“I personally believe, even if it takes a change to the law, the president should honor the commitment the federal government made to those people and let them keep what they’ve got.” These are not the words of Republicans introducing legislation that allows just that, but of former Democratic President, Bill Clinton. Clinton made the statement in an interview with OZY.
Legislation recently proposed to bridge the gap between the President’s promise, and the reality of people being kicked off their plans include H.R. 3350, introduced by Representative Fred Upton (R-Mich.) and in the Senate, Senator Mary Landrieu’s (D-La) S.1642. House Majority Leader Eric Cantor (R-Va.) tweeted on Tuesday the House planned to vote on H.R. 3350 this week.
Changing the legislation faces an uphill battle. First, some insurance companies will see the process as too onerous. Politico spoke with an individual in the insurance industry who said the legislation is “almost impossible to operationalize” and implementing it is a task “bordering on herculean.” President Obama said on November 7 in an interview with NBC‘s Chuck Todd that his team was working on a way to find a fix for those who liked their previous coverage, but have been sent cancellation letters by their insurance companies.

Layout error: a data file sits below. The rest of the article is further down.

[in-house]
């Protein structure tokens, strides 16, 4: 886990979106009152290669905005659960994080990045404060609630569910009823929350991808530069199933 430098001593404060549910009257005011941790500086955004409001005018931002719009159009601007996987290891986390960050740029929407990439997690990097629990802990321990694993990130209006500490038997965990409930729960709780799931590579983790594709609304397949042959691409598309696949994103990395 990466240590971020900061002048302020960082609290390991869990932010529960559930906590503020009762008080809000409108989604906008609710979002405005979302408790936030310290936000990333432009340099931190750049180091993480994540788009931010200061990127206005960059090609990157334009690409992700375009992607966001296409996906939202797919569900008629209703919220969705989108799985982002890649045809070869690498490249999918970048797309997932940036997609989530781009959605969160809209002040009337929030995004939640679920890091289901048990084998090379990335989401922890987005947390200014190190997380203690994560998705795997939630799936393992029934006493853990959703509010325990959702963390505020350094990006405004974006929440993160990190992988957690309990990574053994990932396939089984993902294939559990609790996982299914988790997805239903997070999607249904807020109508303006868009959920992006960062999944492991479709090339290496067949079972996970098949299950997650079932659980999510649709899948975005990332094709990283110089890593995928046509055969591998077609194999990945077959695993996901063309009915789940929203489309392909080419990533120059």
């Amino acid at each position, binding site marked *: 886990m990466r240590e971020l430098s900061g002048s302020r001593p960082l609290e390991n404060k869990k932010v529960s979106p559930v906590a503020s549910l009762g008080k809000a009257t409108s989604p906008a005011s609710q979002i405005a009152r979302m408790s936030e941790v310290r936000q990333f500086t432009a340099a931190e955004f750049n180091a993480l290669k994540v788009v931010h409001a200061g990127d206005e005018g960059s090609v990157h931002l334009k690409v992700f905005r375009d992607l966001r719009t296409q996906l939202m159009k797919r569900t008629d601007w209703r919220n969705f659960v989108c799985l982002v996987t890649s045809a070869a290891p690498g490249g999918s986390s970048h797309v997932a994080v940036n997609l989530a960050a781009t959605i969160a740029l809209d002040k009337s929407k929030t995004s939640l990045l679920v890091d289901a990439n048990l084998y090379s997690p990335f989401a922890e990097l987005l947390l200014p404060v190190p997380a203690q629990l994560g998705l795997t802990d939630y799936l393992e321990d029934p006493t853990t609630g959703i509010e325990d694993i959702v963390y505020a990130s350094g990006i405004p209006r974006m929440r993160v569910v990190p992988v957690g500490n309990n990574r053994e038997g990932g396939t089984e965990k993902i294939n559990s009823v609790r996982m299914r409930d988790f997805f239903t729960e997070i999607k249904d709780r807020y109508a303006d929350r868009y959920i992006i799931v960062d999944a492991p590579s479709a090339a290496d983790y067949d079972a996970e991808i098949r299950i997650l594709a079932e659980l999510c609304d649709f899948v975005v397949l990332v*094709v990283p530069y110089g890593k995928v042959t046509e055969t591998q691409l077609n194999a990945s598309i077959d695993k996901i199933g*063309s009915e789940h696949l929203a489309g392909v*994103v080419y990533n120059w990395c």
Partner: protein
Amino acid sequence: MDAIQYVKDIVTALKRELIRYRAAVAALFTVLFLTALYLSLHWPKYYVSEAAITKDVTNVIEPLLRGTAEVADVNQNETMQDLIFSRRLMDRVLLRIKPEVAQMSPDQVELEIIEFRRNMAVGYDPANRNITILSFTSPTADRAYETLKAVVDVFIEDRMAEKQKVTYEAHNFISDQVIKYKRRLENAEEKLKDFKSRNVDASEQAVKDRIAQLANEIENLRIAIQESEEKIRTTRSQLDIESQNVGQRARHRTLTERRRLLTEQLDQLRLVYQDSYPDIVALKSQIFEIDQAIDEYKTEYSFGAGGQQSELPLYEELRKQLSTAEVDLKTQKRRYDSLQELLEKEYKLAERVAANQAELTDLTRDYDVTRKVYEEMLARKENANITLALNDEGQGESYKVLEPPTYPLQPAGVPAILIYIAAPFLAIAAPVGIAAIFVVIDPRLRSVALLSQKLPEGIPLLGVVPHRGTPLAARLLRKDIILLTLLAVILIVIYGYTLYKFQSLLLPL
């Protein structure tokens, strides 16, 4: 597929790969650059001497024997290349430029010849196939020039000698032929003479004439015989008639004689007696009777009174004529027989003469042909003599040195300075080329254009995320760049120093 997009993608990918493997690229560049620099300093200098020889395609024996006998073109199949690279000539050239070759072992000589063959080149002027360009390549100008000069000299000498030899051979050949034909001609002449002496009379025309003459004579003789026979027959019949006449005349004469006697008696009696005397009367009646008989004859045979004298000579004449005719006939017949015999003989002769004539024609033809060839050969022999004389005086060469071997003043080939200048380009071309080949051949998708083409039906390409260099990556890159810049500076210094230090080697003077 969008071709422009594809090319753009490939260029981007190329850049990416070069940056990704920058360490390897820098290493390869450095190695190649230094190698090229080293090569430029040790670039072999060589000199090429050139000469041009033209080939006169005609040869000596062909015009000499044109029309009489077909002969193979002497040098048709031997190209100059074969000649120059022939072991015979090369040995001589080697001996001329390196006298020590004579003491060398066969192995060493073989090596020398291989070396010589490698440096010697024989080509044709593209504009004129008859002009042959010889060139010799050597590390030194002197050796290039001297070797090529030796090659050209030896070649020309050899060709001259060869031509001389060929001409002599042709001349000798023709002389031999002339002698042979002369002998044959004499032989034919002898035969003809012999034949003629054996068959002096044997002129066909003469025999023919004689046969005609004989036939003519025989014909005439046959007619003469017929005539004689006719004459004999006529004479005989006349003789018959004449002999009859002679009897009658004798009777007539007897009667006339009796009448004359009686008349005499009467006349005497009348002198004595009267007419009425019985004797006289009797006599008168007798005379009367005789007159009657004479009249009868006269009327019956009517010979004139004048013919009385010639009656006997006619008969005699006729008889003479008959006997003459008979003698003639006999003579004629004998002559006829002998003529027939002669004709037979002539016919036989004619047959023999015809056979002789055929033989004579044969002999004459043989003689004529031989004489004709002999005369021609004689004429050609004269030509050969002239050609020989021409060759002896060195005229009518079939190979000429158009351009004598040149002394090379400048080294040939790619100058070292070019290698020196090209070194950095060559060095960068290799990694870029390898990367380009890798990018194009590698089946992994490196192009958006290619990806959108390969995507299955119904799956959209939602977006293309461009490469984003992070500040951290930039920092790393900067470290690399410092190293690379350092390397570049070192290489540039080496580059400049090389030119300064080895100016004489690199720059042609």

Going to Congress is unlikely to be a part of the President’s fix. Chris Wallace, host of Fox News Sunday said on the show the President was “definitely not going back to Congress to try to help folks like that who’ve lost their policies.” Even without Obama seeking out Congress, the legislation is being proposed. Fox News journalist and analyst, Juan Williams, sees little hope for it. Williams said that, “The Republicans might introduce it, but not something that Democrats support in any substantial numbers.”
Even though all sides seem to agree, that a fix is needed, there is paralysis on how to act. Clinton wants to see this aspect of the law changed, but is hardly calling the legislation a failure. His remarks came as part of the lessons he sees from the rollout of Obamacare. In addition to wanting a promise honored, Clinton believes the country is better under the Affordable Care Act than it was without it.
A poll conducted by Pew Research found that 59 percent of Americans disapprove of the health care policy, and only 37 percent approve. In January, 47 percent disapproved and 45 percent approved of the policy. Clinton likened the issues with Obamacare enrollment to those President Bush faced in 2006 with Medicaid, and he chastised Governors who decided to opt out of the Medicaid provision in the health care law.